To prove that the contrasting development of political systems is the major influencing factor in the evolution of divergent policy outcomes on gun control, it is important to recognise the factors that were constant in the aftermath of the Sandy Hook and Port Arthur massacres. While the massacres did take place 16 years apart, both were universally viewed as socially intolerable events that demanded a political response. In fact, in both instances, national leaders rallied to publicly condemn the events as legislative reform recorded 80% public support in national polls (Bloomberg 2013). In both countries, conservative parties controlled the House of Representatives, and in both cases, the same class of semi-automatic assault rifle was the focal target of regulation (New York Times 2013). Finally, both Australia and the United States are liberal-democratic sovereign states. The lack of validity evident in alternate explanations supports the conclusion that it is the institutional variance of political systems that permits gun control reform in Australia and inhibits it in the United States.

The Presidential political system in the United States typically possesses low reform capabilities due to the decentralised nature of law making. The separation of powers between the executive, vested in the office of the President of the United States and cabinet, and the legislative, situated in the tiers of United States Congress, commonly leads to policy gridlock. The many veto points in the Presidential Systems’ policy making process allows for the intervention of interest groups that seek to institutionalise policy communities at different levels of the political hierarchy. Such policy communities seek to influence compromise and concession on policy decisions in return for political support and campaign resources (Weaver & Rockman 1993, pg. 27). In the case of gun control legislation, the National Rifle Association (NRA), which enjoys a privileged position on the basis of its support for the second amendment, possesses a strong membership base that it cashes in for political concessions on Capitol Hill, obstructing implementation of gun control reform.

In contrast, the Westminster Parliamentary political system in Australia retains high reform capabilities due the proximity of the legislative and executive bodies in Parliament. The Cabinet executive in Australia is drawn from senior legislators in both Houses of Parliament that are responsible for formulating legislation for vote in both Houses. This system of concentrated executive power in close proximity to the legislative base ensures quick and effective implementation of policies that enjoy majority support, without many veto points to be taken advantage of by interest groups (Weaver & Rockman 1993, pg. 28). Policy networks operating against the implementation of gun control legislation in Australia in 1996 were essentially sidelined as both houses of Parliament swiftly passed legislation to alter the Medicare levy that would pay for the Government’s national ‘gun buy-back scheme’.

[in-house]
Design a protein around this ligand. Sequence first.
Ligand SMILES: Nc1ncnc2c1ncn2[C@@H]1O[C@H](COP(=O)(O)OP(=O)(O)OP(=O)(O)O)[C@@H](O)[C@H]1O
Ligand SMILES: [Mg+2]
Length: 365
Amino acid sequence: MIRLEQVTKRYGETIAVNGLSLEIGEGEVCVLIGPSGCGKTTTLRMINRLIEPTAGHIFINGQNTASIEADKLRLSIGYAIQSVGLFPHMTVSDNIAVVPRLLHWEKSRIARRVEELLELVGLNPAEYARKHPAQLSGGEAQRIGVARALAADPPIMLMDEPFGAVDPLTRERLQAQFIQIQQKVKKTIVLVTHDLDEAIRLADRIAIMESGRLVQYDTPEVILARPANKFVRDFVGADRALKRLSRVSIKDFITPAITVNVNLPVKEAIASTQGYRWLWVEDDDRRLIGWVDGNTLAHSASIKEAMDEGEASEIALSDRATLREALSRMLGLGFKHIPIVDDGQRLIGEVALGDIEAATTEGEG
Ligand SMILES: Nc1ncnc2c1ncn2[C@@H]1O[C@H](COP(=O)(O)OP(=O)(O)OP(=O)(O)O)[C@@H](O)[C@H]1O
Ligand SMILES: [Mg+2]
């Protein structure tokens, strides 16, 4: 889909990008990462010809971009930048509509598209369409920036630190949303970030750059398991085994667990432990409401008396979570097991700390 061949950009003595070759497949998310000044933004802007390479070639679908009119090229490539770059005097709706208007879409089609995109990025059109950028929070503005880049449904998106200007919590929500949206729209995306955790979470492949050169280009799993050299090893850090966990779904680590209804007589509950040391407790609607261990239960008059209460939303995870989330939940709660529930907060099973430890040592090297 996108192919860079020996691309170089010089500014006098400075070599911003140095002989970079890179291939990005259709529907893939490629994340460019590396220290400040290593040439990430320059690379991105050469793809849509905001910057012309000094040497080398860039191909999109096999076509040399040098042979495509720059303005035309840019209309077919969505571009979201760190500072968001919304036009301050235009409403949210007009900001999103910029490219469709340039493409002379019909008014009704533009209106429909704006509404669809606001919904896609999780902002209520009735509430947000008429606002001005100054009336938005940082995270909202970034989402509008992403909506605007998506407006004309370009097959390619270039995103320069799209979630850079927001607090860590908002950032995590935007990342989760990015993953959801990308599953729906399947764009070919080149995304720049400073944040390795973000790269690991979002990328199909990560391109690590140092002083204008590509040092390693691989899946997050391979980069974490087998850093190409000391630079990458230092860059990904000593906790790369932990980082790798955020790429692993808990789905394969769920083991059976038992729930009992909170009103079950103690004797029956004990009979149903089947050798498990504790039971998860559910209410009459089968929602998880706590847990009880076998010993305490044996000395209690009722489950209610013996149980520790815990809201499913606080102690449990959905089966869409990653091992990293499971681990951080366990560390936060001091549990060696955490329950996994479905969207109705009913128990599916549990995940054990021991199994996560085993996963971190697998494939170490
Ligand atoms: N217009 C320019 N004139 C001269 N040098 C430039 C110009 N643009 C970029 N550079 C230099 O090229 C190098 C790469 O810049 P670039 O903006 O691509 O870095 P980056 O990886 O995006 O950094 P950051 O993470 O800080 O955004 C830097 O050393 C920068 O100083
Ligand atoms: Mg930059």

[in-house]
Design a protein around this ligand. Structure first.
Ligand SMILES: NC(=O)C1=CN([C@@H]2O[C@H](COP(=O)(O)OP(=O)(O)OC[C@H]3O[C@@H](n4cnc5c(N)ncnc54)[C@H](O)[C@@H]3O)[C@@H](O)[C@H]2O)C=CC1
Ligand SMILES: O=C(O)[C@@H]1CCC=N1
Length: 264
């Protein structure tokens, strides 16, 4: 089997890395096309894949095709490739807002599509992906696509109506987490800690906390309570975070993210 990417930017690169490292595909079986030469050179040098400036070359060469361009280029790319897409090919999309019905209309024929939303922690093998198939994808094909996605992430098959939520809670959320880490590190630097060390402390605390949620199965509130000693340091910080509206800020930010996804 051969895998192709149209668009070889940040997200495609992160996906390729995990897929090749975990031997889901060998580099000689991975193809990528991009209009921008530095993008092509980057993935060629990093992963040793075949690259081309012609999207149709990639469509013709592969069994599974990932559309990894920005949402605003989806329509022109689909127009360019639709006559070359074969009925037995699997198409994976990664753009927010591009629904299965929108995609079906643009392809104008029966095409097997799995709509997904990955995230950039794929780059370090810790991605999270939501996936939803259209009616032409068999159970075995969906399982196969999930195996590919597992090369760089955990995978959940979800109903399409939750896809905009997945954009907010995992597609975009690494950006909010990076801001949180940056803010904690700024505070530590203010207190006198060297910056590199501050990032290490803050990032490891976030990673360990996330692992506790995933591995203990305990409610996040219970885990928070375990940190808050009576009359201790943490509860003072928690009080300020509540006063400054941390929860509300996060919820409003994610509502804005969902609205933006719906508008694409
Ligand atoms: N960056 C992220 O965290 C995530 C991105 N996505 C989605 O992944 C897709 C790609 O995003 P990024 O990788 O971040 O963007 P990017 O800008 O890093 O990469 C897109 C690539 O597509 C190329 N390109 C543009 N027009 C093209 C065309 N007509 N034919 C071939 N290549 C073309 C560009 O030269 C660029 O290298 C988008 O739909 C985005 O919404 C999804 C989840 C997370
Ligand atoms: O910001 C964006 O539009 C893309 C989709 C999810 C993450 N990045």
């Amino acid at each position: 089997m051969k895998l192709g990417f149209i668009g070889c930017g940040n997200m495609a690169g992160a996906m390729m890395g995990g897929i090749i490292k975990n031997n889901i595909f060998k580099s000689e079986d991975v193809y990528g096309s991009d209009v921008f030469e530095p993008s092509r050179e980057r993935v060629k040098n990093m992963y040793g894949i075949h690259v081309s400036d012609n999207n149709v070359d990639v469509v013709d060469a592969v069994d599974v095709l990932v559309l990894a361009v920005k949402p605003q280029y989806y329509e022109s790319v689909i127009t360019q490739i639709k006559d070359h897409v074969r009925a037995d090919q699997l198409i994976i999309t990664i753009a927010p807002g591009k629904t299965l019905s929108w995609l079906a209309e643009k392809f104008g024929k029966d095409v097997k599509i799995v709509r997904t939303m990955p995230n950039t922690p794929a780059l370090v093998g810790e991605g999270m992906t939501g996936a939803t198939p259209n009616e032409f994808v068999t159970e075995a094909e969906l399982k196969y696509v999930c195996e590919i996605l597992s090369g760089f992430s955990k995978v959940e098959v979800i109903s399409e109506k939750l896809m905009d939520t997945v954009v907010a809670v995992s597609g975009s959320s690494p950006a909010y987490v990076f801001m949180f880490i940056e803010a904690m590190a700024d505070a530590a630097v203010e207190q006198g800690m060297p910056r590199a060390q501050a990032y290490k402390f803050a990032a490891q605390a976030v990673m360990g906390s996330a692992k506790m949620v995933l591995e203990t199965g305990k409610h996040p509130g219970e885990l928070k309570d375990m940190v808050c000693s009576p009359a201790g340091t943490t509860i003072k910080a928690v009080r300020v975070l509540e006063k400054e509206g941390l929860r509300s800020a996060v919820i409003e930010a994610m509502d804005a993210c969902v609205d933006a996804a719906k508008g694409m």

In the wake of a series of shooting massacres across the United States in 2013, the prospect of implementing gun control legislation in the United States is of high importance. Through a comparative analysis of the influence of contrasting political systems and their development through the lens of historical institutionalism, I have proven that institutional variance stands in the way of effective legislative reform on gun control in the United States. While Australia was able to quickly implement gun control legislation that has since been very successful in its aims, the prospect of the United States to do similarly is grim. Pierson and Skocpol suggest that as institutional conventions become further entrenched, the ‘path not taken’, or the political alternatives that were once quite plausible may become irretrievably lost (p. 695). If serious thought is not paid to institutional reform, then this may be the fate of gun control in the United States.

References

Bloomberg, ‘Shameful Day’ as US Gun Control Bill Fails’ in Sydney Morning Herald Online, accessed at < http://www.smh.com.au/world/shameful-day-as-us-gun-control-bill-fails-20130418-2i1an.html> 08 September 2013.

Collier, D 1991, Shaping the Political Arena, Princeton: Princeton University Press.

Hall, P.A and R. C. R. Taylor 1996, ‘Political Science and the Three New Institutionalisms’, Political Studies, vol. 44, no. 5, pp. 936 – 957.

Howard, J 2013, ‘I Went After Guns, Obama Can Too’ in New York Times opinion online, accessed at < http://www.nytimes.com/2013/01/17/opinion/australia-banned-assault-weapons-america-can-too.html?_r=0> 19 September 2013.

Immergut, E 1992, Health Politics: Interests and Institutions in Western Europe (New York: Cambridge University Press.

March, J and J Ohlsen 1984, ‘The new institionalism: organizational factors in political life’, American Political Science Review 78, pp. 734 – 49.

Pierson, P and T. Skocpol, ‘Historical Institutionalism in Contemporary Political Science’, in Political Science: State of the Discipline eds H.V Milner, New York: W.W Norton, pp. 693 – 721.

Weaver, R.K and B.A Rockman 1993, ‘Assessing the Effects of Institutions’, in Do Institutions Matter? Government Capabilities in the United States and Abroad eds R.K Weaver, and B.A Rockman, Washington DC: The Brookings Institution, pp. 1-41.